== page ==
Class I Shelf-life requirements

#1
Hi Everyone,

I am just doing some work on the tech files of some of our new products. They are all class I theatre wear products which have function as medical devices but don’t need to meet any standards.

An example would be disposable operating theatre caps where their only function is to prevent hair fall during procedures to maintain the sterile field. They do not need to confirm to any standard and they are not tested on properties such as tensile strength, water resistance etc.

They are made from Spunbond polypropylene and Spunlace fabric which is fairly resistant to environmental effects.. especially when stored under standard storage conditions in packaging. There are many similar devices on the market that have a 5 year shelf life.

Am I required to carry out proper accelerated ageing tests and real life ageing tests on these products to claim a specific shelf-life? The problem is I wouldn’t even know how to test them after accelerated ageing as they don’t have any physical properties to meet other than still be the right shape and stitching still intact. (Note that I will do real life ageing anyway however I have to wait 5 years so it’s of no help now)

Or.. could I write a report of some kind regarding the simplicity of the product (just some PP fabric stitched together), the properties of the raw material and comparison to similar devices on the market in order to justify a shelf life of say 3-5 years?

I would be very appreciative of any help with this?

Thanks!
 
Elsmar Forum Sponsor

Ronen E

Problem Solver
Moderator
#2
I wouldn't automatically assume that just because the devices are simple and common they're not subject to any published standards. On the contrary, published standards often consolidate long accumulated knowledge to ensure broad application of proven best practices. Additionally, for the OT caps don't think just "OT caps" - there may be broader PPE standards that may apply. Essentially anything that comes into an OT / sterile field needs to meet certain standards, many times regardless of what it actually is/does.

Regarding shelf life - you don't necessarily have to do testing, but you do need a solid (preferably engineering) rationale on file. A careful analysis of how it compares with equivalent competitors' products that have had a long failure/problem-free use history can be a contributing element (but you have to do it properly and rely on real data; no BS). Accelerated ageing becomes relevant after you've concluded that you need real time ageing, to allow you to not wait 5 years to start selling... but again, you might not need to age at all in the first place. STOP and THINK before you TEST.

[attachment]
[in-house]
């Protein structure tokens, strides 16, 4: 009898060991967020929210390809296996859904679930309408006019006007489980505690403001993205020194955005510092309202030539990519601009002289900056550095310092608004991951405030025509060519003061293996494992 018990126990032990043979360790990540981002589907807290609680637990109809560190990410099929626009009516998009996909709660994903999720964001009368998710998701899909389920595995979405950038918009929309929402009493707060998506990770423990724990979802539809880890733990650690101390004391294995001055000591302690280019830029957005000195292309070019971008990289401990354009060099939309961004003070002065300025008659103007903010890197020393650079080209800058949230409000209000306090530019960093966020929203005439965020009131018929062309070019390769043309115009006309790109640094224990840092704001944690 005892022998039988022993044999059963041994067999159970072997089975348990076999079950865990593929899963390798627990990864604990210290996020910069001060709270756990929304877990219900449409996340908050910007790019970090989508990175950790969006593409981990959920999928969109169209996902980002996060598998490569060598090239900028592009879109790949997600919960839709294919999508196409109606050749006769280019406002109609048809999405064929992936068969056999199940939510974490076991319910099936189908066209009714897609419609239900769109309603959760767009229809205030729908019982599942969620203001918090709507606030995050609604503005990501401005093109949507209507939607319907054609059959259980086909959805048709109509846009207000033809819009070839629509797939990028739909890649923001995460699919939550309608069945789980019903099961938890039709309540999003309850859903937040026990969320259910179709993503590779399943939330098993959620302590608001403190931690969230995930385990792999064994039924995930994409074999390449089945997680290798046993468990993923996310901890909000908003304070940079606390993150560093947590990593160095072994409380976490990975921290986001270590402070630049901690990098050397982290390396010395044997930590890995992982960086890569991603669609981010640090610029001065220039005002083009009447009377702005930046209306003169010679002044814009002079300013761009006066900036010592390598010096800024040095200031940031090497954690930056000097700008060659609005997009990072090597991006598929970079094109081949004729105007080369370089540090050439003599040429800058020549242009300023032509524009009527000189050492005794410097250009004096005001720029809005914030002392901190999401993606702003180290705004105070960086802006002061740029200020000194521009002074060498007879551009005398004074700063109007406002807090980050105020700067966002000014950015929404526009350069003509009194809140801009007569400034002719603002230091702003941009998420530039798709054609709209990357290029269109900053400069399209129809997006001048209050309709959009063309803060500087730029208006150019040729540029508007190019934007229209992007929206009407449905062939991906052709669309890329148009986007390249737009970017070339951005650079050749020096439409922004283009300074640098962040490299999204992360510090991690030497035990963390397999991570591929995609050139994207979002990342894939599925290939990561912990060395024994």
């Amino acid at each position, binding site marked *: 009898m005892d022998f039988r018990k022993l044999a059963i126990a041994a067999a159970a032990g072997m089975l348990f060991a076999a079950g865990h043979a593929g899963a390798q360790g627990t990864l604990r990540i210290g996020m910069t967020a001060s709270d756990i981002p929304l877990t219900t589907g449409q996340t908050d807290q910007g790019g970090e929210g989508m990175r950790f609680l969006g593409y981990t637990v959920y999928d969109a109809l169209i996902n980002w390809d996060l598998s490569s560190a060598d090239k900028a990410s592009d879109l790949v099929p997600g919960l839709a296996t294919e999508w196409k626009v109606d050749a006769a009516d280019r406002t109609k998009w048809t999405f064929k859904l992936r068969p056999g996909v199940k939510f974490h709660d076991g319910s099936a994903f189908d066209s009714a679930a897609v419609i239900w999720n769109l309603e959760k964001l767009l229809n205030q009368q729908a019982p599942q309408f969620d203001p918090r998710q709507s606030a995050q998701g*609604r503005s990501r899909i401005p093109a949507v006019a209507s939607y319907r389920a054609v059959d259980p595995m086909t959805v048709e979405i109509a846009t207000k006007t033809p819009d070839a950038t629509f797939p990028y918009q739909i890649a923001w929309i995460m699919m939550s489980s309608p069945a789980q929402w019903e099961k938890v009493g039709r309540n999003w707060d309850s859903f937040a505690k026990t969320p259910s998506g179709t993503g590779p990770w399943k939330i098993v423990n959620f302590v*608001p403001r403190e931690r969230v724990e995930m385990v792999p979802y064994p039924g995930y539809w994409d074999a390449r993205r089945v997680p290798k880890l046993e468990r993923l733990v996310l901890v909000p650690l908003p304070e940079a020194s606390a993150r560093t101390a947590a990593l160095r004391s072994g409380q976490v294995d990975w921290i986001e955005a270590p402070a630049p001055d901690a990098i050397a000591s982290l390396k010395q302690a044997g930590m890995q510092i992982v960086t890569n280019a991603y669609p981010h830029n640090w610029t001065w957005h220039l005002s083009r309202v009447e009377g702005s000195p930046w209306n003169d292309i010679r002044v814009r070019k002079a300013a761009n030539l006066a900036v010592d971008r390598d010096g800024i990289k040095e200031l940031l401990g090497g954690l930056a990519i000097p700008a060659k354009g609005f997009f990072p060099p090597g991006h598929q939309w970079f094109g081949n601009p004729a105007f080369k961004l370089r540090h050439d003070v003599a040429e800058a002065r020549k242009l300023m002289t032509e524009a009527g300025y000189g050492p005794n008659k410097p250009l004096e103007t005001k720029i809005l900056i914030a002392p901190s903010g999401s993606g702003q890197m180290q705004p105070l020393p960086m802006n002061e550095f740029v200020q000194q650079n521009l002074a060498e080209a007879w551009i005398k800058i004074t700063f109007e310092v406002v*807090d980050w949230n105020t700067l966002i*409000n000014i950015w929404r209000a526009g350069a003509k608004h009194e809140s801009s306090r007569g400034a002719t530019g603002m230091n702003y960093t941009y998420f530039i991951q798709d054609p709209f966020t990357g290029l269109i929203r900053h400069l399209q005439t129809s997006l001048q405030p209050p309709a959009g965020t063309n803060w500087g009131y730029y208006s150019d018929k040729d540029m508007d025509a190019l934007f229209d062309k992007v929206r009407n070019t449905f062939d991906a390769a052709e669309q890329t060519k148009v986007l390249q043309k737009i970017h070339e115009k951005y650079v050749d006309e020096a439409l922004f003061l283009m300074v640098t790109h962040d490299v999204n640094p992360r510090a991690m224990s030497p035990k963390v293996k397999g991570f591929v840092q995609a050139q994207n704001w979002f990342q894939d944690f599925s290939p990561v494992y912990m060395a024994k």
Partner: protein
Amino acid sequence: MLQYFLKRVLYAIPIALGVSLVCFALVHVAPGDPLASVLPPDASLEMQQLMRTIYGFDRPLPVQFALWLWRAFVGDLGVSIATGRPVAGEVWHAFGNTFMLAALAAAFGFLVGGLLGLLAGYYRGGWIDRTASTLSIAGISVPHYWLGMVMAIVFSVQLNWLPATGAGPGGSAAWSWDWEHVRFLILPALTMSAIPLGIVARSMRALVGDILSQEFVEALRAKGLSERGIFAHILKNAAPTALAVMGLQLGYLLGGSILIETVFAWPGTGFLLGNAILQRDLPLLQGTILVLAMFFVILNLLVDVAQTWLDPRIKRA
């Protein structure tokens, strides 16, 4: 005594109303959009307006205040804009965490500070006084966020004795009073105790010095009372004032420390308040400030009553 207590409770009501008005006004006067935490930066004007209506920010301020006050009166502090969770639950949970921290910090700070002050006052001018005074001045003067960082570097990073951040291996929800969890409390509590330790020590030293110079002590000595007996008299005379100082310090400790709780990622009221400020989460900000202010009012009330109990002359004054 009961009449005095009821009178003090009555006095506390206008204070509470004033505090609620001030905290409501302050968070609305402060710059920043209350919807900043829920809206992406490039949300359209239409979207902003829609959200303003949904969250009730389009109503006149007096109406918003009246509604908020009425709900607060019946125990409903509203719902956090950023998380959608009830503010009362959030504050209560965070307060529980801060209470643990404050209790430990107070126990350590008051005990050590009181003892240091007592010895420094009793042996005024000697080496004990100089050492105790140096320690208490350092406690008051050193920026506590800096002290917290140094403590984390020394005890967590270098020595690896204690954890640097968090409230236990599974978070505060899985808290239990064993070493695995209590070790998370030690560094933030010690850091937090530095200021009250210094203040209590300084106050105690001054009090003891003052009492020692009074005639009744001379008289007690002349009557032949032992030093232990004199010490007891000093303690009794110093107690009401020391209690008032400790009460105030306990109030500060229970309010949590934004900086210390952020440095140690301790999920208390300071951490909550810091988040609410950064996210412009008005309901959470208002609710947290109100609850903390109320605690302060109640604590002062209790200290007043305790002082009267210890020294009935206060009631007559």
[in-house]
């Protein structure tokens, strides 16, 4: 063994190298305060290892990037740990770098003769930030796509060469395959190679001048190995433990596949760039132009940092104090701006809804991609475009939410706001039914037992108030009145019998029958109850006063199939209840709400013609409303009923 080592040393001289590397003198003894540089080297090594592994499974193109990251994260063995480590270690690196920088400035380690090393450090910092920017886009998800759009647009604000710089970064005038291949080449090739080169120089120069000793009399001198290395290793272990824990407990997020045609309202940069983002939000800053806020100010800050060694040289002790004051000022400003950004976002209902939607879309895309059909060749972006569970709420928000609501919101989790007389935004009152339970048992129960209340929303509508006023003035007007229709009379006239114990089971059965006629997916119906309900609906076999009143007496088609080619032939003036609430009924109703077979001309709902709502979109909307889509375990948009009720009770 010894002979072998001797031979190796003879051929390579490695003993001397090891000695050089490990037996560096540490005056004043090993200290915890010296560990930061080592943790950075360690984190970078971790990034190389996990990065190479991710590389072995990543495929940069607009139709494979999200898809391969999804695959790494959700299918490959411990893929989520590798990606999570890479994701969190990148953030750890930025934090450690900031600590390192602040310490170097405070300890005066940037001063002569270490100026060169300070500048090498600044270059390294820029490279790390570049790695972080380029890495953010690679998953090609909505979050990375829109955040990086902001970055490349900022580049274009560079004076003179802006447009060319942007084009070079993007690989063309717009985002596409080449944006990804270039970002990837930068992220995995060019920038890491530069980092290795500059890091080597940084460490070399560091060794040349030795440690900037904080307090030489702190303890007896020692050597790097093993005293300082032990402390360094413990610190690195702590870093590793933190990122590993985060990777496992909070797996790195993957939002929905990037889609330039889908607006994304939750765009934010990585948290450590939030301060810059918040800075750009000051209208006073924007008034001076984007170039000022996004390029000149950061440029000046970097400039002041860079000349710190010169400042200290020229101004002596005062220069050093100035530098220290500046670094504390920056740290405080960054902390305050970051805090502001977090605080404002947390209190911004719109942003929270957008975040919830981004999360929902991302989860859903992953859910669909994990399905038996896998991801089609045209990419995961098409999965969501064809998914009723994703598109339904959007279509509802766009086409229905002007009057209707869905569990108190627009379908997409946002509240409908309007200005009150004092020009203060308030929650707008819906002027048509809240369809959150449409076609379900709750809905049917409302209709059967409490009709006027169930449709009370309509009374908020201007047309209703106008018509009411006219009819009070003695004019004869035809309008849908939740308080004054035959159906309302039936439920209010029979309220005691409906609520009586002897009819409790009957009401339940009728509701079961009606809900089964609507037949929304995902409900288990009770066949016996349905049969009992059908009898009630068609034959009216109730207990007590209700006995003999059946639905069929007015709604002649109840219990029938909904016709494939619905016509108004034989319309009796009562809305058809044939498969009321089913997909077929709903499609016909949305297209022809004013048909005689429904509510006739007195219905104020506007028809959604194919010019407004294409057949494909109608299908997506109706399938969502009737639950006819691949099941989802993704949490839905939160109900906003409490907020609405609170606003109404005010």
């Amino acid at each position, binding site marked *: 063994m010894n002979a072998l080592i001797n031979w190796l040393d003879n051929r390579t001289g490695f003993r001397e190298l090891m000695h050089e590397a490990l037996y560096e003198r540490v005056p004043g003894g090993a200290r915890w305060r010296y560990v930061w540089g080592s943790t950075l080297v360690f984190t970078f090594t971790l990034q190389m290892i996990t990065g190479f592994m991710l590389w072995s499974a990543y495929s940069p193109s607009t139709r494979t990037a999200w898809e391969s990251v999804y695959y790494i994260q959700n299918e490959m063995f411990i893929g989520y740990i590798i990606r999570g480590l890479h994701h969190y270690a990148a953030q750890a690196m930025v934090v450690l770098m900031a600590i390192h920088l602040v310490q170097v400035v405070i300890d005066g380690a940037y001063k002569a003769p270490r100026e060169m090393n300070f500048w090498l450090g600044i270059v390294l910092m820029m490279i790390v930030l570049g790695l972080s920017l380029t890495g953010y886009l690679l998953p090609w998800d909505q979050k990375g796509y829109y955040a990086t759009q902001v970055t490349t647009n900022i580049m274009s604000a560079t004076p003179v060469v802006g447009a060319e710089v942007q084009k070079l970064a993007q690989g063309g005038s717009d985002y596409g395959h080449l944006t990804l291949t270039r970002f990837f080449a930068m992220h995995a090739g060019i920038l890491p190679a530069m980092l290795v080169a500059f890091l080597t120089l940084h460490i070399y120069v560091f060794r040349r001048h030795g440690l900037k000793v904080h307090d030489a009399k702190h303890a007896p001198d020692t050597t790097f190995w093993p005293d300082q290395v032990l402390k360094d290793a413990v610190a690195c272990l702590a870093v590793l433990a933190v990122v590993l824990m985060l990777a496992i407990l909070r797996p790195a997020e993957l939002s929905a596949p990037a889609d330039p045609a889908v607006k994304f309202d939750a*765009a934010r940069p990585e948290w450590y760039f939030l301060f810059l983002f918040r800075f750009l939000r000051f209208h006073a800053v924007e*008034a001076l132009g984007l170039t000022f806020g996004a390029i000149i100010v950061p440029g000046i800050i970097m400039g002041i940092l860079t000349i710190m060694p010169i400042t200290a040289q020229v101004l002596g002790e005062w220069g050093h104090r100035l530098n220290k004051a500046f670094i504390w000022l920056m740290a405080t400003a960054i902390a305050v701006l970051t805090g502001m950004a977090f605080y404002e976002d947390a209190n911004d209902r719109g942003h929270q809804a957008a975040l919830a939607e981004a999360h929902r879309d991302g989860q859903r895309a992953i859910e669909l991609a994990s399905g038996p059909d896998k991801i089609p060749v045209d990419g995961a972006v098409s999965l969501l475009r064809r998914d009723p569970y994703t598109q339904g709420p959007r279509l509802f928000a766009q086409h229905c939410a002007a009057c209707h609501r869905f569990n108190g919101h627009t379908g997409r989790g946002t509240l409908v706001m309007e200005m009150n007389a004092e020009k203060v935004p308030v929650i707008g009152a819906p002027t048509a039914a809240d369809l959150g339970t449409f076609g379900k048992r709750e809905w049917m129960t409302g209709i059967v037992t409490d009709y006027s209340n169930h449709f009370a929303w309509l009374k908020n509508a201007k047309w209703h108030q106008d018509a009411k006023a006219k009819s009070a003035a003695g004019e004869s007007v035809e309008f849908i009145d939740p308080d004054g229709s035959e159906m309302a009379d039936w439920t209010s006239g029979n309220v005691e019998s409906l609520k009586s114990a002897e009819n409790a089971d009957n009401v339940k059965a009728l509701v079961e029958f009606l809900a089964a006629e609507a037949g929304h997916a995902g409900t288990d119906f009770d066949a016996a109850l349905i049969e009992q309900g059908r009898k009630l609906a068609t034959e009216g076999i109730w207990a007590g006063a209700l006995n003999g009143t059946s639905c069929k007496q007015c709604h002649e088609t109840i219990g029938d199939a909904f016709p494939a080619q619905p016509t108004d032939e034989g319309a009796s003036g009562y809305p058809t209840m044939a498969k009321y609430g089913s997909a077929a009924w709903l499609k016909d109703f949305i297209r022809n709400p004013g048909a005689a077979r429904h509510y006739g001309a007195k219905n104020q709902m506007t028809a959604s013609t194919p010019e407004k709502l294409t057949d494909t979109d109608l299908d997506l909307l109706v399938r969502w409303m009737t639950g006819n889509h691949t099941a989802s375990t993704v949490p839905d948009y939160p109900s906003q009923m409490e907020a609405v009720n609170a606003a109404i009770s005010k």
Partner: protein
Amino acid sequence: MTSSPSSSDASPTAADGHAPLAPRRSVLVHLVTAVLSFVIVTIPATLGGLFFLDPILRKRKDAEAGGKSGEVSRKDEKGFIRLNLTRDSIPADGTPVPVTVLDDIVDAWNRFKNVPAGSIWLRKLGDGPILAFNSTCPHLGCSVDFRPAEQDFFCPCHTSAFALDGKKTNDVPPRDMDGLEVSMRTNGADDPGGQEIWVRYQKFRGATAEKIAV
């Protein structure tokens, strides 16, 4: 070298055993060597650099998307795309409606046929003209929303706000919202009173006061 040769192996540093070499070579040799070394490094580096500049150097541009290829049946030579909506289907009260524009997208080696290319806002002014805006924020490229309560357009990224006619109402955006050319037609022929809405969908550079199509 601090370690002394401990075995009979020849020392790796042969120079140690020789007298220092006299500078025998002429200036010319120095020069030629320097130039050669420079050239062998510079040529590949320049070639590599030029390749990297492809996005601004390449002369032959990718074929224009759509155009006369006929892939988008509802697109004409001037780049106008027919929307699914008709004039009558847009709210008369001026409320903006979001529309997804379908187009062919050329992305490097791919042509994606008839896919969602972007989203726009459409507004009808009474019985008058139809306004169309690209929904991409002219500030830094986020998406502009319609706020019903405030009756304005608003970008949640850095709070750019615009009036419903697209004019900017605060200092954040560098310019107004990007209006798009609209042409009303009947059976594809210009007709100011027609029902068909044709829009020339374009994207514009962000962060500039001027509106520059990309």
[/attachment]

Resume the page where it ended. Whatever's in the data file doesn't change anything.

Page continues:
Start with the device's requirements specification (if there is one) and with your risk analysis - think of everything that can go wrong with/about/around the device, as simple/modest as it might be, so you can capture everything required of it ("bad" things that might happen map individually onto preventative requirements). Once you know the requirements you can start working out how to justify (engineering wise) that they will still be met 5 years later.
 
Last edited:
#3
I wouldn't automatically assume that just because the devices are simple and common they're not subject to any published standards. On the contrary, published standards often consolidate long accumulated knowledge to ensure broad application of proven best practices. Additionally, for the OT caps don't think just "OT caps" - there may be broader PPE standards that may apply. Essentially anything that comes into an OT / sterile field needs to meet certain standards, many times regardless of what it actually is/does.

Regarding shelf life - you don't necessarily have to do testing, but you do need a solid (preferably engineering) rationale on file. A careful analysis of how it compares with equivalent competitors' products that have had a long failure/problem-free use history can be a contributing element (but you have to do it properly and rely on real data; no BS). Accelerated ageing becomes relevant after you've concluded that you need real time ageing, to allow you to not wait 5 years to start selling... but again, you might not need to age at all in the first place. STOP and THINK before you TEST.

Start with the device's requirements specification (if there is one) and with your risk analysis - think of everything that can go wrong with/about/around the device, as simple/modest as it might be, so you can capture everything required of it ("bad" things that might happen map individually onto a preventative requirements). Once you know the requirements you can start working out how to justify (engineering wise) that they will still be met 5 years later.
Thanks Ronen for your detailed reply. I am fairly certain there are no PPE standards that apply to this product since it’s intended purpose has nothing to do with protection of the wearer. There are some other standards that do apply to the product as a medical device but I was referring to an industry standard which applies to a group of properties essential to its performance (such as EN13795 for gowns or EN14683 for masks).